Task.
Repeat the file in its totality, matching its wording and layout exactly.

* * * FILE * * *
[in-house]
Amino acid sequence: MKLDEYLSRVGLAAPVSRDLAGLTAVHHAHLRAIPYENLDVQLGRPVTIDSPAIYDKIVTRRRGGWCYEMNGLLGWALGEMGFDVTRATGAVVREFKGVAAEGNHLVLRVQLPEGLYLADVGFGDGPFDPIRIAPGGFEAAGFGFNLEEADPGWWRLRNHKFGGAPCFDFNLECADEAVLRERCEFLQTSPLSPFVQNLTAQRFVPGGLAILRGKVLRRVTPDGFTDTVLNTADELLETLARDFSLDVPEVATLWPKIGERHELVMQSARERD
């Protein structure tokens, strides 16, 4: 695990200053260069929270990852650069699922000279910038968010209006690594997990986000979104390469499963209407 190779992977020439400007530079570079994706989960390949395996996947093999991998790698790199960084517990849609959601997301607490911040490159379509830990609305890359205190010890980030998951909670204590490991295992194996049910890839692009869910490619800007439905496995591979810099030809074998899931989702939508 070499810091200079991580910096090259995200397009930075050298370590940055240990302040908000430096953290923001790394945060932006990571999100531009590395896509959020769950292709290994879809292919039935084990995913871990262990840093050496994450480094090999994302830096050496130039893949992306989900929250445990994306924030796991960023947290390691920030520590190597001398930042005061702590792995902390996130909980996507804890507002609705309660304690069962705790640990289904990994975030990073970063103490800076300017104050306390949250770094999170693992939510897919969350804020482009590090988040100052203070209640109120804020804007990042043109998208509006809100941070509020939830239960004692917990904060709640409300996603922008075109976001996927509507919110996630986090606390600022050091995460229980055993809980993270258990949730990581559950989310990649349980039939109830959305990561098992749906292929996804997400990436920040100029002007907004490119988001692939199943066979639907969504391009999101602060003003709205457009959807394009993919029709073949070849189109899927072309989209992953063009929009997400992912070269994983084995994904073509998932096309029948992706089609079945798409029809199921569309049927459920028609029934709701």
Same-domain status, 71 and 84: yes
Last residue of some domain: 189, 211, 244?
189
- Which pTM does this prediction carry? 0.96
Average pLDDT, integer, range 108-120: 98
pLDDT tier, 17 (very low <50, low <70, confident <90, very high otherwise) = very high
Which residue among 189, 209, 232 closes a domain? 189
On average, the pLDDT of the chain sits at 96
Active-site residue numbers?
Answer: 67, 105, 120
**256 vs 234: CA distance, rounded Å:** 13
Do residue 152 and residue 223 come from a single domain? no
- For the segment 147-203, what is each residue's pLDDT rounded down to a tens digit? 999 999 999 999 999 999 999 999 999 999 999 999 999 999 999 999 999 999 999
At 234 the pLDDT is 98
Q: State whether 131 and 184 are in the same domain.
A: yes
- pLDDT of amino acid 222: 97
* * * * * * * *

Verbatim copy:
[in-house]
Amino acid sequence: MKLDEYLSRVGLAAPVSRDLAGLTAVHHAHLRAIPYENLDVQLGRPVTIDSPAIYDKIVTRRRGGWCYEMNGLLGWALGEMGFDVTRATGAVVREFKGVAAEGNHLVLRVQLPEGLYLADVGFGDGPFDPIRIAPGGFEAAGFGFNLEEADPGWWRLRNHKFGGAPCFDFNLECADEAVLRERCEFLQTSPLSPFVQNLTAQRFVPGGLAILRGKVLRRVTPDGFTDTVLNTADELLETLARDFSLDVPEVATLWPKIGERHELVMQSARERD
């Protein structure tokens, strides 16, 4: 695990200053260069929270990852650069699922000279910038968010209006690594997990986000979104390469499963209407 190779992977020439400007530079570079994706989960390949395996996947093999991998790698790199960084517990849609959601997301607490911040490159379509830990609305890359205190010890980030998951909670204590490991295992194996049910890839692009869910490619800007439905496995591979810099030809074998899931989702939508 070499810091200079991580910096090259995200397009930075050298370590940055240990302040908000430096953290923001790394945060932006990571999100531009590395896509959020769950292709290994879809292919039935084990995913871990262990840093050496994450480094090999994302830096050496130039893949992306989900929250445990994306924030796991960023947290390691920030520590190597001398930042005061702590792995902390996130909980996507804890507002609705309660304690069962705790640990289904990994975030990073970063103490800076300017104050306390949250770094999170693992939510897919969350804020482009590090988040100052203070209640109120804020804007990042043109998208509006809100941070509020939830239960004692917990904060709640409300996603922008075109976001996927509507919110996630986090606390600022050091995460229980055993809980993270258990949730990581559950989310990649349980039939109830959305990561098992749906292929996804997400990436920040100029002007907004490119988001692939199943066979639907969504391009999101602060003003709205457009959807394009993919029709073949070849189109899927072309989209992953063009929009997400992912070269994983084995994904073509998932096309029948992706089609079945798409029809199921569309049927459920028609029934709701």
Same-domain status, 71 and 84: yes
Last residue of some domain: 189, 211, 244?
189
- Which pTM does this prediction carry? 0.96
Average pLDDT, integer, range 108-120: 98
pLDDT tier, 17 (very low <50, low <70, confident <90, very high otherwise) = very high
Which residue among 189, 209, 232 closes a domain? 189
On average, the pLDDT of the chain sits at 96
Active-site residue numbers?
Answer: 67, 105, 120
**256 vs 234: CA distance, rounded Å:** 13
Do residue 152 and residue 223 come from a single domain? no
- For the segment 147-203, what is each residue's pLDDT rounded down to a tens digit? 999 999 999 999 999 999 999 999 999 999 999 999 999 999 999 999 999 999 999
At 234 the pLDDT is 98
Q: State whether 131 and 184 are in the same domain.
A: yes
- pLDDT of amino acid 222: 97